It’s a joy to look at a masterful, well illustrated comic book cover – the headlining images that make us stop to admire their art, compelling us to pick up the issue now, now, now! But it’s also fun to tear into the covers that suck. And there are so many ways that comics can do that.
Bland covers that give us no reason to read the inside. Cover scenes that have nothing to do with the story inside. Wildly inappropriate and tasteless images. Covers that aren’t even spelled correctly. Gimmick covers where the gimmick doesn’t work. And, of course, artists who distort human figures into positions absurd even by the standards of comic book anatomy.
This list presents you with 15 examples of comic book cover mistakes. Several of them represent failed tech rather than failed art, such as foil-embossed covers that omitted the foil. Others fall into the category of distorted anatomy, or covers where the positions of characters create an unintended visual image. A handful of others are simply tasteless or just poorly edited. It’s not a ranking of the very worst covers, just a selection of memorably awful images.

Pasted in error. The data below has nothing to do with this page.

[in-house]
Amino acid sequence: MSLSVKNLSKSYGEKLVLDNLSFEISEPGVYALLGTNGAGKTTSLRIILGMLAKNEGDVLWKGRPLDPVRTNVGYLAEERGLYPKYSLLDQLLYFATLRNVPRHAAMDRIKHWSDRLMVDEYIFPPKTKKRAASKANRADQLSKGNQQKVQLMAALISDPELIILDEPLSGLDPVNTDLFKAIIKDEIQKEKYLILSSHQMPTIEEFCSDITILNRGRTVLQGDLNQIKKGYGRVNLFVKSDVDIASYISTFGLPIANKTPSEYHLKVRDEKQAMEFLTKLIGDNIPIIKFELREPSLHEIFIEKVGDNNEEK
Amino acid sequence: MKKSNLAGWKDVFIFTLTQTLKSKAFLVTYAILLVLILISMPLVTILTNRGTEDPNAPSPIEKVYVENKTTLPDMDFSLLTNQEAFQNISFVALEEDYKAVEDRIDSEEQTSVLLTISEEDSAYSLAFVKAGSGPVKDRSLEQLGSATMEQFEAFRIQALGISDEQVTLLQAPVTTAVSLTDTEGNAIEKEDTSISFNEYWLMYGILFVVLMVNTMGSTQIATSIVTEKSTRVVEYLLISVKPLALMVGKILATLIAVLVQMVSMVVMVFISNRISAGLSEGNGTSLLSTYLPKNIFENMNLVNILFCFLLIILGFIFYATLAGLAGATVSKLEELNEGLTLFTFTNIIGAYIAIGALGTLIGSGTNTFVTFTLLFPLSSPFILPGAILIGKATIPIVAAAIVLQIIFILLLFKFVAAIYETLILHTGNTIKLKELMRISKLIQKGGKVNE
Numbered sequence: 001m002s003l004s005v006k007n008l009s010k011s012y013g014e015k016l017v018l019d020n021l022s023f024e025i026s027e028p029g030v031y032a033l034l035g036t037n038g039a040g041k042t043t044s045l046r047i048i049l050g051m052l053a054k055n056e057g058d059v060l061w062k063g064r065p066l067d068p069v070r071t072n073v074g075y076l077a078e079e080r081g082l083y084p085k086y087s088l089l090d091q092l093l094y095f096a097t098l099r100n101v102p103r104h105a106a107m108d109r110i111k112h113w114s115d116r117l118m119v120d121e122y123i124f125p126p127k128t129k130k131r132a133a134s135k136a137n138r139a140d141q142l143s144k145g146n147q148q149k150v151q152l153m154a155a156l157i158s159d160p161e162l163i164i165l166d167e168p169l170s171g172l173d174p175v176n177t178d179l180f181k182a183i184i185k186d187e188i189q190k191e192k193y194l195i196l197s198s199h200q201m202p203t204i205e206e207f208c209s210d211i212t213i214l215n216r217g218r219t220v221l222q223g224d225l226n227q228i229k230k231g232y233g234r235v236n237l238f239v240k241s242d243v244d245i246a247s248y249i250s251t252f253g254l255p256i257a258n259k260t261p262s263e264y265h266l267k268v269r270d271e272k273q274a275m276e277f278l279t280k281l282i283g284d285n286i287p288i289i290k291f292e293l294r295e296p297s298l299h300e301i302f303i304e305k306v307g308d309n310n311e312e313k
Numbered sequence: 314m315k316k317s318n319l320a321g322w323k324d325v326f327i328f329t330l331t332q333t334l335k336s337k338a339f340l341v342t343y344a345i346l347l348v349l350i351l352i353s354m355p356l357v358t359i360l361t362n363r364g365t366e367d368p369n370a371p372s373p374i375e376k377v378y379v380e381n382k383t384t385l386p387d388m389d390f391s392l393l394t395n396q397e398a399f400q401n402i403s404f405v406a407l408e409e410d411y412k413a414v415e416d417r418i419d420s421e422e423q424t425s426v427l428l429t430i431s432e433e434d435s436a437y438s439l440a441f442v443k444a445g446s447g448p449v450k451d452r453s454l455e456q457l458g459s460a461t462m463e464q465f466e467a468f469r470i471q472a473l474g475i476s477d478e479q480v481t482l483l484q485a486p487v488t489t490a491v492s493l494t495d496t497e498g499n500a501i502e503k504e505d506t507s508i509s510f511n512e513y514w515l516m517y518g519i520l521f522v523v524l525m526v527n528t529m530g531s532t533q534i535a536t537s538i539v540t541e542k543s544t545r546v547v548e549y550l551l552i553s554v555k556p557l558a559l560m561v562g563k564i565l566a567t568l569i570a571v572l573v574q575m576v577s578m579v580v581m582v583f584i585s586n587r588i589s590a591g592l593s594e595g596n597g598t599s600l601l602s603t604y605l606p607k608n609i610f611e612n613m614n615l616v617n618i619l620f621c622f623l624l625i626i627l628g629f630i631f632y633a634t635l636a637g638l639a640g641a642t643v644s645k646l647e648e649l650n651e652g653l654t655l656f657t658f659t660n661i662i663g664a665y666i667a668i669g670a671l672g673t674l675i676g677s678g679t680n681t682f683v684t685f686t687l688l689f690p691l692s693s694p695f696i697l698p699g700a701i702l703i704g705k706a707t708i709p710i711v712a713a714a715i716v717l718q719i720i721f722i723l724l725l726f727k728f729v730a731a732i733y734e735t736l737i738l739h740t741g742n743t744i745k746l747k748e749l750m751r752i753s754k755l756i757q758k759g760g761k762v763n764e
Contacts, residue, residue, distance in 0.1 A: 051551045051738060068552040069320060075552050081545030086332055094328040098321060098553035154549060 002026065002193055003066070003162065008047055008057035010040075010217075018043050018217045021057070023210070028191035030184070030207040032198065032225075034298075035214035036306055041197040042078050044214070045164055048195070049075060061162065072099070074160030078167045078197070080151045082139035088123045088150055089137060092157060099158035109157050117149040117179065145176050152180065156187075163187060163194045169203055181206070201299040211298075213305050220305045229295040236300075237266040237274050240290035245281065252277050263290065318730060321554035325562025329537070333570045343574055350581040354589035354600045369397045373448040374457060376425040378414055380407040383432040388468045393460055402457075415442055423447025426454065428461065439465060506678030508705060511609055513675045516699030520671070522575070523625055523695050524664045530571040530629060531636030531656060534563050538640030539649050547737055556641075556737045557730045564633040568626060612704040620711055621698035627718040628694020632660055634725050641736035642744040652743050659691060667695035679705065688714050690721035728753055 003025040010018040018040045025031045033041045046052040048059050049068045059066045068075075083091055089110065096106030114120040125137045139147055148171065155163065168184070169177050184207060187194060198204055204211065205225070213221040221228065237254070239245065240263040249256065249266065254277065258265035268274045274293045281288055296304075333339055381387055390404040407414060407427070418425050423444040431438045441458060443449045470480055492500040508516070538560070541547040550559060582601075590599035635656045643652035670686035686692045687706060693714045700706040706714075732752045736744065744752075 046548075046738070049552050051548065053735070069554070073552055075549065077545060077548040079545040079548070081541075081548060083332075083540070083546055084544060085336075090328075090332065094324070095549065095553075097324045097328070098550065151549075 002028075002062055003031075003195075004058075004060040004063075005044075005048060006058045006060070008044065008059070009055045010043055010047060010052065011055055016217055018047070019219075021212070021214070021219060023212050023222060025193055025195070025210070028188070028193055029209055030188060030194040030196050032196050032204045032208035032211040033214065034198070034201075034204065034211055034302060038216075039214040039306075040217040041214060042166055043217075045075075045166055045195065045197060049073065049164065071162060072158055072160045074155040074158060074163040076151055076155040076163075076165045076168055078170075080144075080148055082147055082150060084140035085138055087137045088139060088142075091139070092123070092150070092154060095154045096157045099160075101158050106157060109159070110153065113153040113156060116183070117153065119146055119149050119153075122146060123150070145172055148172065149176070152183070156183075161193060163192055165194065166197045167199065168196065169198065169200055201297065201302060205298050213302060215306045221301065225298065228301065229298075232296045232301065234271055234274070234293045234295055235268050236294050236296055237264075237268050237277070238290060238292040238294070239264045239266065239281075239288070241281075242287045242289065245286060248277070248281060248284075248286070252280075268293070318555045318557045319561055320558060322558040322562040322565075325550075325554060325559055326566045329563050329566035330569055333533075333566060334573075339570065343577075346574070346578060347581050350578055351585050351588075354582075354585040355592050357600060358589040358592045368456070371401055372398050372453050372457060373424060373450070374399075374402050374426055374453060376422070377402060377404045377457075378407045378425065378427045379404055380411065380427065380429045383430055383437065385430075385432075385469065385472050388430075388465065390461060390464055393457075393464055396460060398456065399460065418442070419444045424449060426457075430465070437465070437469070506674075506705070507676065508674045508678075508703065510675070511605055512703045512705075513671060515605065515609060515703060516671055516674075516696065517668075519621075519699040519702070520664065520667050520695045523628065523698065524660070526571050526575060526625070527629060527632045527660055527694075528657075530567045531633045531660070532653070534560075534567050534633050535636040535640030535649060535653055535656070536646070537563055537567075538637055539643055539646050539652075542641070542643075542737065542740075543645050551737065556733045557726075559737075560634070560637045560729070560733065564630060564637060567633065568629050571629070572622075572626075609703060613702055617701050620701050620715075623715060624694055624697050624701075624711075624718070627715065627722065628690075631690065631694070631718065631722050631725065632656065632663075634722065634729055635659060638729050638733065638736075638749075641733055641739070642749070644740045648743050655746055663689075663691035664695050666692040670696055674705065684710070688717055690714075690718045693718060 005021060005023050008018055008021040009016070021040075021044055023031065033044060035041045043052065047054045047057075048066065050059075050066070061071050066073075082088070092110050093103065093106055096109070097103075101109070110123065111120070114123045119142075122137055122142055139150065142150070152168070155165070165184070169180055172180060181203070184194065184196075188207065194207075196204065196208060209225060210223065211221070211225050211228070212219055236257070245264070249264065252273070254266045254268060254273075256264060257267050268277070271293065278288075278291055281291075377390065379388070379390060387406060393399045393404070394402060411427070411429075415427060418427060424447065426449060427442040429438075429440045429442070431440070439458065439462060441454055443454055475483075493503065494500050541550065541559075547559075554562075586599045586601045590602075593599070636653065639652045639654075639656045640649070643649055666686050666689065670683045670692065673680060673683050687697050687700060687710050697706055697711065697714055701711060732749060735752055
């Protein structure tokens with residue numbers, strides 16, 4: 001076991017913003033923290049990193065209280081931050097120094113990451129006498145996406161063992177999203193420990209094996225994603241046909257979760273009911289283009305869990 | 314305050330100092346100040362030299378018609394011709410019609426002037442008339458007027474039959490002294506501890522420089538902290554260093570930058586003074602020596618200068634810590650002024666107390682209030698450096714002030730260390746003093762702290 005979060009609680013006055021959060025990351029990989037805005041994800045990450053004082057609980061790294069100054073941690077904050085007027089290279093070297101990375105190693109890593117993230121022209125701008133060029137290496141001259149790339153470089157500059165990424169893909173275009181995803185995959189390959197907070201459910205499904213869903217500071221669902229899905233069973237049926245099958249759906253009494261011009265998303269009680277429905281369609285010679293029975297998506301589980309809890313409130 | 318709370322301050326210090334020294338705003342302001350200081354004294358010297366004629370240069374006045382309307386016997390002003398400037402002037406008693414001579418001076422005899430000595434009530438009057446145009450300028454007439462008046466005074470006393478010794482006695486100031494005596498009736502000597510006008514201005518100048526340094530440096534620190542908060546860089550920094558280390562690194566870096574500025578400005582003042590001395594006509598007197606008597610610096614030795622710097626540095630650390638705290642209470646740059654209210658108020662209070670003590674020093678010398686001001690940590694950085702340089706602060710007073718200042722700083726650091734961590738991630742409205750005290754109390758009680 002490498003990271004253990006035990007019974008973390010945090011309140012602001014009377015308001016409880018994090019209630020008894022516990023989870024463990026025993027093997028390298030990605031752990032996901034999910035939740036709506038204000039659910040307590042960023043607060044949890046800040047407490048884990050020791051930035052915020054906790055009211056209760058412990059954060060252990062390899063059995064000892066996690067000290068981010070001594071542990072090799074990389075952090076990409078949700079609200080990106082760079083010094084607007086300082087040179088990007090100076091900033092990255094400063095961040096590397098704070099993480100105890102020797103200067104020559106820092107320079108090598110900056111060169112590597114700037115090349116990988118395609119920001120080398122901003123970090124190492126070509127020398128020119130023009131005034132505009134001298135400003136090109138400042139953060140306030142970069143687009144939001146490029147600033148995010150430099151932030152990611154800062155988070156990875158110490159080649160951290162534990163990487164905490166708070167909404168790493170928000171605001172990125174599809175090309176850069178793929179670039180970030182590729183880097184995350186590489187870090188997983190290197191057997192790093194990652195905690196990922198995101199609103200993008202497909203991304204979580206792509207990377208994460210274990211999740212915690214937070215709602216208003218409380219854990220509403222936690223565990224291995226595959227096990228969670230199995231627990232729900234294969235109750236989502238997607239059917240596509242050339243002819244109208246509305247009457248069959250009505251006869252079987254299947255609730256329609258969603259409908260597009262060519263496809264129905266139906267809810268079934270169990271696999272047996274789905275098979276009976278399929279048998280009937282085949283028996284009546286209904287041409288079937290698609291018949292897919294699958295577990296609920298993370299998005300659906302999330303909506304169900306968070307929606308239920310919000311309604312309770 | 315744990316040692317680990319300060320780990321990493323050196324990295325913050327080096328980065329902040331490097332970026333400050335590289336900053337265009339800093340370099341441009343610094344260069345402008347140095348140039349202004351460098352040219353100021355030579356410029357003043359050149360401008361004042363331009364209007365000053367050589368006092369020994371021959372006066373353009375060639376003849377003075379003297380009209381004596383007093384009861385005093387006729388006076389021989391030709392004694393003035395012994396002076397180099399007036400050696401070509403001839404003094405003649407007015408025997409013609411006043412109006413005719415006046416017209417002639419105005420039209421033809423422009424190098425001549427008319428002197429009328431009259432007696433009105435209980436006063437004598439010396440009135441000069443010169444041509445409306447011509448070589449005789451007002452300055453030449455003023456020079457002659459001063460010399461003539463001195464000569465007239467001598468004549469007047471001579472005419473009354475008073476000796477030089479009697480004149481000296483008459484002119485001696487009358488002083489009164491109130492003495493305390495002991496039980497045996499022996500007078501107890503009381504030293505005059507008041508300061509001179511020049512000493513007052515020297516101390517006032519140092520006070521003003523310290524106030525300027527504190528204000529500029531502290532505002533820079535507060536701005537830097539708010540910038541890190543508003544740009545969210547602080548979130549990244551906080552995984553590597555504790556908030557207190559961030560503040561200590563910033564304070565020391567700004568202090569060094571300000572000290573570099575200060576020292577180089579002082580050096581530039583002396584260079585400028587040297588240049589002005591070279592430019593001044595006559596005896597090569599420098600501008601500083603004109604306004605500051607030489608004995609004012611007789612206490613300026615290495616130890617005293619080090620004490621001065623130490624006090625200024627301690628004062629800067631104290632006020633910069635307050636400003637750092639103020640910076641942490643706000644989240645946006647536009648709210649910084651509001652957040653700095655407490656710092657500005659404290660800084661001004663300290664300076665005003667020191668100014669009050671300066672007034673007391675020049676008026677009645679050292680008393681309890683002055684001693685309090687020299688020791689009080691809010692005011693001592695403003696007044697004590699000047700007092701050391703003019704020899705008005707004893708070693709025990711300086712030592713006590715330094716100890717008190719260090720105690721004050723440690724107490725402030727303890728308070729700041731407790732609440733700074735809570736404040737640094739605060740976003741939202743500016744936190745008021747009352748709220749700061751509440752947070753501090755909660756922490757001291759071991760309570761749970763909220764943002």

Like the title says, once you see them you won’t forget them. Keep looking if you dare.
16. Spider-Man #400 – RIP…Nobody?
Spider-Man #400 was a landmark issue. Aunt May dies, but not before revealing that she’s known for years that Peter is Spider-Man, and that she’s proud of him. It also launched the widely loathed Clone Saga. All those landmarks would be retconned later, but the creators had no way to foresee that.